Dumb question: Why is Jeff Gordon in the NASCAR Hall of Fame?
The NASCAR Hall of Fame will induct its class of 2019 on Friday night at the Charlotte Convention Center. Here’s a look at the Hall’s five new inductees:
Born: Feb. 25, 1961
Died: July 13, 1993
Hometown: Hueytown, Ala.
The son of NASCAR Hall of Famer Bobby Allison, Davey Allison got his breakthrough in racing in 1987 when he took over for Hall of Famer Cale Yarborough. He then won Rookie of the Year in 1987 by virtue of his two wins, five poles, and nine Top 5’s. Allison won 19 Cup races in his career, including the 1992 Daytona 500, and was in contention to win the 1992 Cup championship before a late wreck derailed his chances. Allison was tragically killed in a helicopter accident midway through the 1993 season, months after the death of fellow class of 2019 inductee Alan Kulwicki.
Born: Aug. 4, 1971
Hometown: Vallejo, Calif.
Championships (4): Cup — 1995, ‘97, ‘98, 2001.
One of NASCAR’s top drivers ever, Gordon won four Cup championships during his career, second-all time only to Dale Earnhardt, Richard Petty, and former Hendrick Motorsports teammate Jimmie Johnson. Gordon is still the youngest Cup Series champion, winning his first title — also the first for Hall of Fame owner Rick Hendrick — in 1995. Gordon would win again in 1997, 1998, and 2001, and accrued 93 Cup wins in his career by the time he retired, the third-most all-time. His 797 consecutive Cup starts is a series record, and Gordon remains heavily involved in NASCAR today as a television analyst for FOX and partner at Hendrick Motorsports.
Born: Dec. 14, 1954
Died: April 1, 1993
Hometown: Greenfield, Wisc.
Championships (1): Cup — 1992.
Kulwicki moved to Charlotte to pursue his NASCAR dreams in 1984, and broke out in 1986 as the Cup Series Rookie of the Year for his self-owned AK Racing team. His best season came in 1992, when he overcame a 278-point deficit in the last six races of the season to win his only Cup championship over Hall of Famers Bill Elliott and Mark Martin, as well as fellow class of 2019 inductee Davey Allison. That final 1992 race is considered one of the greatest in NASCAR history, as it was the final start for all-time wins leader Richard Petty and the first start for fellow class of 2019 inductee Jeff Gordon. Kulwicki was unable to defend his title, as he tragically died in a plane crash midway through the 1993 season.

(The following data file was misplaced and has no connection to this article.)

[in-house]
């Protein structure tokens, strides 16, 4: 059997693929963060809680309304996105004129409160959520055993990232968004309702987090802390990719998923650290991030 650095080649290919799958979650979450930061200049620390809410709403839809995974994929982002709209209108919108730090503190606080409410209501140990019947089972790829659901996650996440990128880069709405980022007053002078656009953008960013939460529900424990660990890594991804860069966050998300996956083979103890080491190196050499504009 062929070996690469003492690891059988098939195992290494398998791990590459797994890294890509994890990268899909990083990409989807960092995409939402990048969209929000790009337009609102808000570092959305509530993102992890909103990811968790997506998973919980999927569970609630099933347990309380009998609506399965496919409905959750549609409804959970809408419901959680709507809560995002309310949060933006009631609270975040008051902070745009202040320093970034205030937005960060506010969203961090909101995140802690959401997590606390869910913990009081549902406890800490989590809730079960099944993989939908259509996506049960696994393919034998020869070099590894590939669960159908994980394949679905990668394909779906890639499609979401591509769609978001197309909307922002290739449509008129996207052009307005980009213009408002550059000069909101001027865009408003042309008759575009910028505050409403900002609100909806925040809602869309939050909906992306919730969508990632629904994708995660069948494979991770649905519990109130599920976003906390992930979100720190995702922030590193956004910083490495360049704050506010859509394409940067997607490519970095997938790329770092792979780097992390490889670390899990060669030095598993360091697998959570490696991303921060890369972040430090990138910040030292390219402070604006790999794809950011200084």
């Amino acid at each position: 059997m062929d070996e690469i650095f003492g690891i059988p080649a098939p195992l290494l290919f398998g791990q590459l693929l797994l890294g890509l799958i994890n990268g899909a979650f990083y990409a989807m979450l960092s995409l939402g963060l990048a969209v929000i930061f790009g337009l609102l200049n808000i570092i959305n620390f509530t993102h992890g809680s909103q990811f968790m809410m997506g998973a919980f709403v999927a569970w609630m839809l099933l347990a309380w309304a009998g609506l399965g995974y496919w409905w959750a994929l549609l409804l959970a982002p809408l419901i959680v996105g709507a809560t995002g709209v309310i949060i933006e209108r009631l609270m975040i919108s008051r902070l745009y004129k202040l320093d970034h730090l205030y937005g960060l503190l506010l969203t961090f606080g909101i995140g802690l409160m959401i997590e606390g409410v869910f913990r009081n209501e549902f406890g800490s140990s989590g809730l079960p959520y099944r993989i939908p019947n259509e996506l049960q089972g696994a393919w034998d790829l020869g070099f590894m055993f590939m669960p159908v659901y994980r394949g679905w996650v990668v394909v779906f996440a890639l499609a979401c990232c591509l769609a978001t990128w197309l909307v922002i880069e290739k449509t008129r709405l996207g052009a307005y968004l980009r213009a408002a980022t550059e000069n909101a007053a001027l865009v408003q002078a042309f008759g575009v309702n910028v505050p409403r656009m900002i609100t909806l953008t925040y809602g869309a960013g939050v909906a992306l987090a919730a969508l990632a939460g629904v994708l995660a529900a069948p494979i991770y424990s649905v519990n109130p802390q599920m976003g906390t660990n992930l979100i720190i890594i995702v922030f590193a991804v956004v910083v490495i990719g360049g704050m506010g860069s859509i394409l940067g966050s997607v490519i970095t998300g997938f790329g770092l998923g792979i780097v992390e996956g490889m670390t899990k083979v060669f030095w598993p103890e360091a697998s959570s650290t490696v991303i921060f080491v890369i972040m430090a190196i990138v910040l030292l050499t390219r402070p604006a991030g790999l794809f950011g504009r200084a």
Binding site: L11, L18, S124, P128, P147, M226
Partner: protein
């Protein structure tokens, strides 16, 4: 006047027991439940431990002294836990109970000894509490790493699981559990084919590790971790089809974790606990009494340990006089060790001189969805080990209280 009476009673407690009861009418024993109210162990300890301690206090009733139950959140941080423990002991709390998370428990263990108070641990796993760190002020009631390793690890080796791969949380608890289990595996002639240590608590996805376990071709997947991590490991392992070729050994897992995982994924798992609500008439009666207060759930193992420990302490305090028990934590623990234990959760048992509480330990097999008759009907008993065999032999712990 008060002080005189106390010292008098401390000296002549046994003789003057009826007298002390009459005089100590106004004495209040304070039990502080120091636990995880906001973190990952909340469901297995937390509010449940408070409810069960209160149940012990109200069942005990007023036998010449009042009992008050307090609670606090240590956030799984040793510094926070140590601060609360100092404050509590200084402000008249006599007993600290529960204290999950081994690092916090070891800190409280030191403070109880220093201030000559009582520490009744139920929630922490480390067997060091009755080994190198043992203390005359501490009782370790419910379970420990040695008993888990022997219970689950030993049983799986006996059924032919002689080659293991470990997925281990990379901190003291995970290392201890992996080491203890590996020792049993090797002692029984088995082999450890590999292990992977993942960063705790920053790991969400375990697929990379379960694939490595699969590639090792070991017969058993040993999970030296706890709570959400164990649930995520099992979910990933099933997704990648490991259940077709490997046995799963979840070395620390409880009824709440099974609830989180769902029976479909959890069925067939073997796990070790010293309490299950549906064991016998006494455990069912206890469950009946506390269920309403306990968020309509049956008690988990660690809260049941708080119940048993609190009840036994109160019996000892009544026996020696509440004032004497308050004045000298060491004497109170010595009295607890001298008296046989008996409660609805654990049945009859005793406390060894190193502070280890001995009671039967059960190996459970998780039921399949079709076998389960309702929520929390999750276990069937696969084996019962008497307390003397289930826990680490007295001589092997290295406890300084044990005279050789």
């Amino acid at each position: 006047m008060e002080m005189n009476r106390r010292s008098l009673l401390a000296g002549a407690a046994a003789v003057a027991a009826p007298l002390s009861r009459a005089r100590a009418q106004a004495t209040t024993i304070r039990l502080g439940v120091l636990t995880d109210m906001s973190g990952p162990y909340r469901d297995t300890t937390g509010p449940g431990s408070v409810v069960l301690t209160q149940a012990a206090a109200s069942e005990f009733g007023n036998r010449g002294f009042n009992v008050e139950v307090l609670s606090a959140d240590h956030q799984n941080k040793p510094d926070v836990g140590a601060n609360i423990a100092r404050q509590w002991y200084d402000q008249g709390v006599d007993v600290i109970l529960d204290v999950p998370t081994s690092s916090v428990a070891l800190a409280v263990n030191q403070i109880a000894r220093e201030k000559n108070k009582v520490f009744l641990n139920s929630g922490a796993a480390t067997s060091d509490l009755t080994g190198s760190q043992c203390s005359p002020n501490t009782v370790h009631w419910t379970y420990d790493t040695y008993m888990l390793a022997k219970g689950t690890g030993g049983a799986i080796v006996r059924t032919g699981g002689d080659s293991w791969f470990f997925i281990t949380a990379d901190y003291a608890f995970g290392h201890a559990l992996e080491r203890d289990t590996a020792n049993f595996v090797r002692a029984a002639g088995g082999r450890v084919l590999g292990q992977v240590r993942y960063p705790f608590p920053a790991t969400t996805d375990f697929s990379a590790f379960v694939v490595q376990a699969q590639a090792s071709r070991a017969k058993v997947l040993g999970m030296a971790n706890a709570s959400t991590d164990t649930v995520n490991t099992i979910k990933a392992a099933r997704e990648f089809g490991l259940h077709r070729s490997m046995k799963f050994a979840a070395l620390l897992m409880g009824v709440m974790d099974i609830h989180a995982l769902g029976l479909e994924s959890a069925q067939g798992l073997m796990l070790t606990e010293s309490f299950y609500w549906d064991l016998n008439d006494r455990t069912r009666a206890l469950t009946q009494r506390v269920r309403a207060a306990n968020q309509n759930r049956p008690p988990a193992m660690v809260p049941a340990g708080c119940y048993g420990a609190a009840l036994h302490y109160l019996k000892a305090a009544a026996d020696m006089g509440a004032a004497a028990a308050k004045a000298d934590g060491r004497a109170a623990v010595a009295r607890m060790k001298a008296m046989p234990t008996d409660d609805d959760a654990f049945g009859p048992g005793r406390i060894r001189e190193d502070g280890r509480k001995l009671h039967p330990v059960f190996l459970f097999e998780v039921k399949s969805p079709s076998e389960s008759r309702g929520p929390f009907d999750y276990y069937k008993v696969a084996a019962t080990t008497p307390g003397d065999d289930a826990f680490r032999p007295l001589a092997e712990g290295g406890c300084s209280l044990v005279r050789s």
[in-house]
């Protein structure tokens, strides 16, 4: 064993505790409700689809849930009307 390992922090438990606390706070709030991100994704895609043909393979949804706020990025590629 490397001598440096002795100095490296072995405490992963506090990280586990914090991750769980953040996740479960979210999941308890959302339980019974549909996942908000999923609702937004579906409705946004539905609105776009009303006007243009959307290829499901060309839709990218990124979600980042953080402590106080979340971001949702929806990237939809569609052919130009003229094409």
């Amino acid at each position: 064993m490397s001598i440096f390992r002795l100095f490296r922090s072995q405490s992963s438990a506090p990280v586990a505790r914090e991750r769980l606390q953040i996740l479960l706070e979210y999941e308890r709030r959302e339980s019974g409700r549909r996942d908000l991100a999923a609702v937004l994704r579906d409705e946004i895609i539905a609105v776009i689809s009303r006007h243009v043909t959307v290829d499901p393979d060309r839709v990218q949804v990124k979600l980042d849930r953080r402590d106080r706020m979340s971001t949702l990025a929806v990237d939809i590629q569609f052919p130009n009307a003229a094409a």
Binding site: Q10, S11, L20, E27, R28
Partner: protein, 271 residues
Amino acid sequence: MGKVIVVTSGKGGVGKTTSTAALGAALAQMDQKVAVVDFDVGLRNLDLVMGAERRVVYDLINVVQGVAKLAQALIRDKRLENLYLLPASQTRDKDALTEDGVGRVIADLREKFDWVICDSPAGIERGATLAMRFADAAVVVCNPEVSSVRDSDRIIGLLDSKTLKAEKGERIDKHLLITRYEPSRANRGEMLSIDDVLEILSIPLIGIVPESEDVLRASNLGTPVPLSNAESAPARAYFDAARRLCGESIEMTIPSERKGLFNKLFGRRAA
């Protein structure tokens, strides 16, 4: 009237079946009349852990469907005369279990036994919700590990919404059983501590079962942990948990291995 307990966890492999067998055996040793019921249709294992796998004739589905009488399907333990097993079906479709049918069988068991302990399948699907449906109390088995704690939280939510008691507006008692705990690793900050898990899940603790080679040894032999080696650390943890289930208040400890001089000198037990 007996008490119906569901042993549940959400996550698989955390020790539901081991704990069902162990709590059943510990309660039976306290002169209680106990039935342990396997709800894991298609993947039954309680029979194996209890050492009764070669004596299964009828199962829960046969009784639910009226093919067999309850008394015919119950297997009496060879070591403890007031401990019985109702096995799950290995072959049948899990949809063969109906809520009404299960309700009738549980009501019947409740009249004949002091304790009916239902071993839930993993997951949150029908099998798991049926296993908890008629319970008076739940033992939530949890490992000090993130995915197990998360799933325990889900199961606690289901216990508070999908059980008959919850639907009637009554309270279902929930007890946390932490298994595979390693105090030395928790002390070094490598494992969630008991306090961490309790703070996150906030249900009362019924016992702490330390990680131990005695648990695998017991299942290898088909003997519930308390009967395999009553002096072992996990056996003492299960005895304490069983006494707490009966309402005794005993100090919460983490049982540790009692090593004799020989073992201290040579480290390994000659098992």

Born: Feb. 20, 1937
Hometown: Shaker Heights, Ohio
Championships (3): Cup — 2012, 2018 (owner); Xfinity — 2010 (owner).
Penske was a famous racer himself before becoming one of the sport’s top team owners. He won four consecutive Sports Car Club of America national championships from 1960-1963 and twice competed in the U.S. Grand Prix for Formula One. As a car owner, Penske has won 174 NASCAR races at the Cup and Xfinity Series levels, including three championships. He has worked with several of NASCAR’s most famous drivers, including Bobby Allison, Rusty Wallace, Ryan Newman, Brad Keselowski, and Joey Logano. Logano is the current Cup Series champion following his victory at Homestead-Miami Speedway in November.
Born: April 19, 1942
Hometown: Covington, Ky.
Championships (8): Cup — 2003, 2004 (owner); Xfinity — 2002, 2007, 2011, 2012, 2015 (owner); Truck — 2000 (owner).
Roush used his mathematics and engineering background to found Roush Racing (now Roush Fenway Racing) in 1988, originally teaming with Hall of Famer Mark Martin. Martin won 83 national series races for Roush Fenway, and the organization as a whole has won a record 325 races since inception, making it the winningest team in NASCAR history. Roush has won two Daytona 500s, and during his lengthy career, has seen 19 different drivers take his cars to Victory Lane. Roush’s ability for spotting and developing talent has been one of his hallmarks in the sport, considering he helped develop Martin, Kurt Busch, Matt Kenseth, Carl Edwards, and Greg Biffle.